On the Making of Children’s Books with Kenneth Kraegel | A Breathe Conference Retrospective

Let’s continue the Breathe Conference experience together.

9780763653118On Friday, I spent my first two sessions with Candlewick Press author, Kenneth Kraegel. Kenneth wrote King Arthur’s Very Great Grandson, as well as the soon-to-be-published The Song of Delphine. Both sessions were (very) great and gave me plenty of ideas for publishing my long-awaited, barely anticipated Thom and Tom series.

The first session was titled “Children’s Books 1: Nuts and Bolts of Picture Books.” This was the description:

Discuss the many elements involved in making a picture book—writing the text, finding a publisher, working with an editor, understanding how an illustrator fits into the process, promoting your book.

That was a lot to tackle in an hour, but Kraegel rose to the task. Here are a few of the things I learned:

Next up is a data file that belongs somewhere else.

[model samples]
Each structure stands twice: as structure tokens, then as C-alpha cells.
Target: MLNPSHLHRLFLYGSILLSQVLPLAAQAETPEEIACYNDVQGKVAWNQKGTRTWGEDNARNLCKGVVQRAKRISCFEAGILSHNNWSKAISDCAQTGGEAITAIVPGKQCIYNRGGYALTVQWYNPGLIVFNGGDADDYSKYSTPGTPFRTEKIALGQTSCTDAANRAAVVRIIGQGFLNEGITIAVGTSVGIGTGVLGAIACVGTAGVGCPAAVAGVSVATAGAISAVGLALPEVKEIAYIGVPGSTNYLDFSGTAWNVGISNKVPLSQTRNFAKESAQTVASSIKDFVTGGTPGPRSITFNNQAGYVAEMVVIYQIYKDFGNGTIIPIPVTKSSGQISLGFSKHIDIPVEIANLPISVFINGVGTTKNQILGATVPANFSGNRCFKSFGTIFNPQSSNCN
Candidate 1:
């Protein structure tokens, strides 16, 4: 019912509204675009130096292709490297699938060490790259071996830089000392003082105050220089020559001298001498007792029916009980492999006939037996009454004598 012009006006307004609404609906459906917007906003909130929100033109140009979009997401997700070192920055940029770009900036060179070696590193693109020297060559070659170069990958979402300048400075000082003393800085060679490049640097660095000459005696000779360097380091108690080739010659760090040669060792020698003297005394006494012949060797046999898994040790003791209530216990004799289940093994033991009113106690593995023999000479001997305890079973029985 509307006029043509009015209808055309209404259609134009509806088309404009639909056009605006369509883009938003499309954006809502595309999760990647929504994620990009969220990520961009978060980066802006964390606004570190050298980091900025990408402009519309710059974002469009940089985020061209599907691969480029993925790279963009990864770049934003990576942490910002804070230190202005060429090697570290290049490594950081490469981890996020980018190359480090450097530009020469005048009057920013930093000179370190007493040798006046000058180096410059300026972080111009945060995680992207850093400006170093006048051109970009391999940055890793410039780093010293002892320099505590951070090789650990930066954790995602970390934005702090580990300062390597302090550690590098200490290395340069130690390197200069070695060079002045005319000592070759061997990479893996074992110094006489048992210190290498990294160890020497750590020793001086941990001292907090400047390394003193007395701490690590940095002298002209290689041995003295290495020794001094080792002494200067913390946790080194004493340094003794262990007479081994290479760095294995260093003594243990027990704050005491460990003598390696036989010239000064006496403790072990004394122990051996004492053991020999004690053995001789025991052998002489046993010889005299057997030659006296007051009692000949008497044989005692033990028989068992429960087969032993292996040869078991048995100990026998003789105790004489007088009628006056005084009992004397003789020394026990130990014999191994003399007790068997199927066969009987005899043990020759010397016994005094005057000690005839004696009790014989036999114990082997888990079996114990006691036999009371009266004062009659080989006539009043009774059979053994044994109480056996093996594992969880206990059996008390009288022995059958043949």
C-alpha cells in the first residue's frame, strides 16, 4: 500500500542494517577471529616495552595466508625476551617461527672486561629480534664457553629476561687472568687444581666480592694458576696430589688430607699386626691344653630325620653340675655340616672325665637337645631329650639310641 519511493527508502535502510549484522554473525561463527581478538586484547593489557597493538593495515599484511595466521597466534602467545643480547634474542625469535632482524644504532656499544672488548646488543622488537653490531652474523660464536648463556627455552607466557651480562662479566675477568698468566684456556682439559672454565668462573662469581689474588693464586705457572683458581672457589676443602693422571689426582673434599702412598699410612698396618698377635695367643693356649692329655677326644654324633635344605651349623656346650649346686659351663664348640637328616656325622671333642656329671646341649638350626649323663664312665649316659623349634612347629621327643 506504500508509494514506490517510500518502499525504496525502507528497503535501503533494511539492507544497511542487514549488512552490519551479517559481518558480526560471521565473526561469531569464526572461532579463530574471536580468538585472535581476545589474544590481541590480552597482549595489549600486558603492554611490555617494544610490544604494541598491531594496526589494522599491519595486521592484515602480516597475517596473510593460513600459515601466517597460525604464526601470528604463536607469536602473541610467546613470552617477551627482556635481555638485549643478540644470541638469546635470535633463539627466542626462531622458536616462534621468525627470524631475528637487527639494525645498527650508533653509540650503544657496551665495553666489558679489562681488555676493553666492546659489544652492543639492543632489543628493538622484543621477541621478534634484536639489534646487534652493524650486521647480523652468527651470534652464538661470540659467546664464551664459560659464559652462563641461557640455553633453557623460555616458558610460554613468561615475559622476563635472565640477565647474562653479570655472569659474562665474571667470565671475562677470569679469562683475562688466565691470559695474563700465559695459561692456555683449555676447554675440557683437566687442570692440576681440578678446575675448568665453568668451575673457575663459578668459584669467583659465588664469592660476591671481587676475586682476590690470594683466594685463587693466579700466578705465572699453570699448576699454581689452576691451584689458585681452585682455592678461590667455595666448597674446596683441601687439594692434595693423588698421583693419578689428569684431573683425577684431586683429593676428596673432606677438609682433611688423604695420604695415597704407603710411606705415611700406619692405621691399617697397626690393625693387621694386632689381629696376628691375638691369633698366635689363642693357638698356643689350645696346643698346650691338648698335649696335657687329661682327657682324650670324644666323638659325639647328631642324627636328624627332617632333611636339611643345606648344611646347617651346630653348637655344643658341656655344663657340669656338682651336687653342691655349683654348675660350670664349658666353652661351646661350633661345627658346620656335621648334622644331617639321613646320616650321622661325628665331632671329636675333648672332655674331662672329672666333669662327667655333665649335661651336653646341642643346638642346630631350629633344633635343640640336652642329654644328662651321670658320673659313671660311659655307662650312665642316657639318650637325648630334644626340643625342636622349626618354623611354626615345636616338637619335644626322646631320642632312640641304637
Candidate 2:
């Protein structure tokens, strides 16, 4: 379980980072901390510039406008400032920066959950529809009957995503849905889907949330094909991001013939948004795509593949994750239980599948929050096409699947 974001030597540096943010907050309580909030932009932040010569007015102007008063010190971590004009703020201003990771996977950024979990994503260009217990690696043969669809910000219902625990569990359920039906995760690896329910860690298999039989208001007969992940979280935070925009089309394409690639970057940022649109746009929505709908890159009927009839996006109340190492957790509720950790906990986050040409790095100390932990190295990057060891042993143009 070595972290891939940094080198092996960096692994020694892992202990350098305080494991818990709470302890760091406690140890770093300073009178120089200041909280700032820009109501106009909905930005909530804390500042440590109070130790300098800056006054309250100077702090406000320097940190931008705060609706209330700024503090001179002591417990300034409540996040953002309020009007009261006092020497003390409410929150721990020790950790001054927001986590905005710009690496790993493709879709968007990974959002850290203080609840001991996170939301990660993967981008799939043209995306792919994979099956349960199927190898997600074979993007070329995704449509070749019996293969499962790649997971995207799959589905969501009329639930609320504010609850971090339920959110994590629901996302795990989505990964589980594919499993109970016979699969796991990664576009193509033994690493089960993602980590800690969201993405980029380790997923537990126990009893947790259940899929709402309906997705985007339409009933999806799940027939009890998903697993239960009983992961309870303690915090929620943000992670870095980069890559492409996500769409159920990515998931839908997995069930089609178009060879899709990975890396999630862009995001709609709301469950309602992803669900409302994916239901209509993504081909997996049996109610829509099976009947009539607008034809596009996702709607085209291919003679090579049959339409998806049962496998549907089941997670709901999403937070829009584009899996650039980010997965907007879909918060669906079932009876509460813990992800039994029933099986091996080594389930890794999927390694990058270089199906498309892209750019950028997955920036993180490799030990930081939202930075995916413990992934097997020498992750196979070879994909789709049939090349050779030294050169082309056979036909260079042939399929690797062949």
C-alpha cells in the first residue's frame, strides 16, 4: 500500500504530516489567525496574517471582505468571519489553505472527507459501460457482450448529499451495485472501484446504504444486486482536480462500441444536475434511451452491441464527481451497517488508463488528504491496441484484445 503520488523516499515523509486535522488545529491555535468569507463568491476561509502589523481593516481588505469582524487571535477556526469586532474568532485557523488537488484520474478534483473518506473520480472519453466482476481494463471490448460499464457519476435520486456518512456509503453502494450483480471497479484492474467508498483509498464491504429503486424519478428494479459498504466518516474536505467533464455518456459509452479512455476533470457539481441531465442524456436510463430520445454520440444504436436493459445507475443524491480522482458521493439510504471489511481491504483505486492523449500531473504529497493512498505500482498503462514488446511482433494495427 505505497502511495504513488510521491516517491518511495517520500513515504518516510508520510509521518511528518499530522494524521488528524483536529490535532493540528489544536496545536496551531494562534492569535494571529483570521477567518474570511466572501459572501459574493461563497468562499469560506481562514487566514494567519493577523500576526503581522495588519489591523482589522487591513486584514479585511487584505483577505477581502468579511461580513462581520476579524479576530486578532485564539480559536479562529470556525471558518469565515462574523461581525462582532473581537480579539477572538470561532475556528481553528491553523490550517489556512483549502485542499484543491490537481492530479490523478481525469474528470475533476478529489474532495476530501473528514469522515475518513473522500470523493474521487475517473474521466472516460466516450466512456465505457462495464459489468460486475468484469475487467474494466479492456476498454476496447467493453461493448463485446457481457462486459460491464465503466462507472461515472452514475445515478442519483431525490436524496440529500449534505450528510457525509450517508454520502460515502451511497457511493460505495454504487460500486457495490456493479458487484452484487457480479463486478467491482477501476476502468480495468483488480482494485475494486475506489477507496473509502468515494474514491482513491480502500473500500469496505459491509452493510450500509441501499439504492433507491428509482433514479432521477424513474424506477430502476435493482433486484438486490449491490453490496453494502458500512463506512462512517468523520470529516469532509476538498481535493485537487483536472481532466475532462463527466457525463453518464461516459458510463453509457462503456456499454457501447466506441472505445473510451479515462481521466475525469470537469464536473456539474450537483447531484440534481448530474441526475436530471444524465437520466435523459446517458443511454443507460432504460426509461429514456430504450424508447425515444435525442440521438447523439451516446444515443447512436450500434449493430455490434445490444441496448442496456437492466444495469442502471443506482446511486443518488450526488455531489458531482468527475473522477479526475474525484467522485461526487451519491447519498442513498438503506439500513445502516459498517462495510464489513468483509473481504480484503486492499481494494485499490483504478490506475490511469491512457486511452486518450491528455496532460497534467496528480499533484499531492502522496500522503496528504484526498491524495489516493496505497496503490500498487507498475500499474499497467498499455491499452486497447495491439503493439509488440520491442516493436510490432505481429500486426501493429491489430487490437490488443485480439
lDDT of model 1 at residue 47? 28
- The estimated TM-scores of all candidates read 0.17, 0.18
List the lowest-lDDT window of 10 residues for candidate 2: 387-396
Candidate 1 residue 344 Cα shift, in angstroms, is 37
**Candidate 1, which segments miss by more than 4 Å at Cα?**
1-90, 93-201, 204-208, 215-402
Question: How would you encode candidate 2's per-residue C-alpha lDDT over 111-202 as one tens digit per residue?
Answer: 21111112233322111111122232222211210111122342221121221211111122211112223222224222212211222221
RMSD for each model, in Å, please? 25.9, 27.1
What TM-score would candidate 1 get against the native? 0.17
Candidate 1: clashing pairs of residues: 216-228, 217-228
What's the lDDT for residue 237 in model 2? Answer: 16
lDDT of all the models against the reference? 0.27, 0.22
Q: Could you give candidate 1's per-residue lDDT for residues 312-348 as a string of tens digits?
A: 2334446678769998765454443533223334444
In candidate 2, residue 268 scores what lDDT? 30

• There are two main types of picture book authors.
    • Authors who are not illustrators
      • These folks start with the story
      • The publisher chooses the illustrator (It is frowned upon for the author to suggest an illustrator unless there is a compelling reason (like marriage) to do so)
      • Advances and royalties are split between the author and the illustrator
      • Manuscripts are submitted with the words only, images suggestions are sparing and indicated by brackets within the text
      • Examples – The Relatives Came & Button Up
    • Authors who are also the illustrator
      • These folks can start with either story or images
      • Advances and royalties go to just one person
      • Manuscripts are submitted as a “book dummy” – a black & white sketch book with typed text, either physical or in pdf format
      • Examples – Dr. Seuss & Mo Willems
  • Children’s books are typically 32 or 40 pages (or rarely larger by 8 pages at a time), though with endpapers and paste down pages, the copyright info, title page, and story only take up 26 or 34 pages
  • Most children’s books are 1000 words or less
  • Current trends lean toward very sparse sentences
  • There is no standard page size for children’s books (each publisher sets their own rules)